Nevada Magazine is the state of Nevada's official tourism magazine. They accept stories in the 500-1500 word range, and payments are up to $250. Payments for stories on their website, NevadaMagazine.com, are $100-200. They pay on publication and they don't pay expenses.
PhotoshopTutorials.ws accepts Photoshop design tutorials and quick-tips. You must submit a picture of your final Photoshop project (and can do so for consideration before writing the tutorial itself). The site pays $50 for quick-tips and $150-300 for full tutorials.
Postmark accepts tutorials from freelance writers who can write about transactional emails for developers. Topics might include email delivery, reputation, design, tools, testing, and tutorials for using Postmark with specific coding languages. Payments are made via PayPal and range from $200-300 per tutorial depending on complexity.
Pseudopod is an "audio magazine" in the horror genre. Writers can submit their stories to have them read and recorded by voice actors. They pay $20 for flash fiction reprints and $100 for short story reprints, or $.06 per word for original fiction.
Readability Formulas provides free readability tools to help writers assess the reading/grade levels of their writing. They also publish writing tips related to writing reader-friendly content and copy. They accept contributions from professional writers and pay $100 / article ($.10 per word) for articles via PayPal, based on a suggested article length of 700-1000 words.
SitePoint.com accepts tutorials covering HTML and CSS. Pay is $150-200 per tutorial of average length, and $300 or more for articles and tutorials that are longer. They're also open to content covering Sass, developer tools, open source, performance, browser stats and trends, and task runners.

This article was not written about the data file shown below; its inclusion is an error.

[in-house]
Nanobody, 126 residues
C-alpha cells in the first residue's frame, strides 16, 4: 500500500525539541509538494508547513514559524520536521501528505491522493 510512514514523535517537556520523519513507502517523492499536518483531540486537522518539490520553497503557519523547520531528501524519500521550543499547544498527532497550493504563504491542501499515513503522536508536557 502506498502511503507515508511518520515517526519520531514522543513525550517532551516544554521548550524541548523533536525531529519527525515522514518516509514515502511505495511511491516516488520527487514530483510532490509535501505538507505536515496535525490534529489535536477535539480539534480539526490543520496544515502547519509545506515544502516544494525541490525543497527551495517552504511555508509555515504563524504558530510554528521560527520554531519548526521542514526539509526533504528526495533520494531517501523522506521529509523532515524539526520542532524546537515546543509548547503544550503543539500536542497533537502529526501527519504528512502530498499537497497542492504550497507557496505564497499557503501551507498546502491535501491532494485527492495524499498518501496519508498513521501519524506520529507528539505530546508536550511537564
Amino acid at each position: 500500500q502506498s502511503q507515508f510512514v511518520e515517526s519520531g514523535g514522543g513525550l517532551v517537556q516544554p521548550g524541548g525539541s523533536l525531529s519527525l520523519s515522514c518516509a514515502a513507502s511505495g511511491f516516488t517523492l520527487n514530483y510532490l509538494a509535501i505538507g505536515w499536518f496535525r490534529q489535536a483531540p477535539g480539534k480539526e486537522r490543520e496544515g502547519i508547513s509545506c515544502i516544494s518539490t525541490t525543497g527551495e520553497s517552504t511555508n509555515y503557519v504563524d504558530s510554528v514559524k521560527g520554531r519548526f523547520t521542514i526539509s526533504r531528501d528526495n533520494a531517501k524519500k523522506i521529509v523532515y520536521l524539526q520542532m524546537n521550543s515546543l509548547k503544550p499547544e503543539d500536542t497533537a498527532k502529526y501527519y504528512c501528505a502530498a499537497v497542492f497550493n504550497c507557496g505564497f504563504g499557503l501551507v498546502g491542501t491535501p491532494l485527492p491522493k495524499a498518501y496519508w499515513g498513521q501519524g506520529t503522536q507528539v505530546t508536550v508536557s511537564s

Slick WP accepts posts that help readers get the most out of the WordPress platform and the Genesis Theme Framework. Articles and tutorials should be 1250-2000 words long. Pay is $100 per published post.
SmartBusinessTrends.com is a blog covering online marketing, email marketing, Wordpress, and Amazon FBA. They pay $100-200 via PayPal for full rights for tutorials, case studies, and product reviews.
Sport Fishing magazine publishes 9 issues per year and focuses on saltwater fishing mostly around North America. They accept features of 1800-2400 words, including sidebars, though their departments are usually staff-written. They pay $750 for print features. Digital features pay $200 for up to 1000 words and $300 for over 1000 words.
Strange Horizons is a magazine that publishes speculative fiction as well as poetry, interviews and reviews. The pay is $0.08/word for fiction and stories must be less than 10,000 words, though below 5,000 is preferred.
Teaching Tolerance accepts both magazine articles and online contributions for K-12 educators "interested in social justice and anti-bias topics." Features run 800-1600 words. Why I Teach pieces run 600 words or less. Story Corner features student-facing short stories and nonfiction. Short articles for the website should run 500-700 words. They pay $1.00 per word for magazine contributions and $100 for short online articles.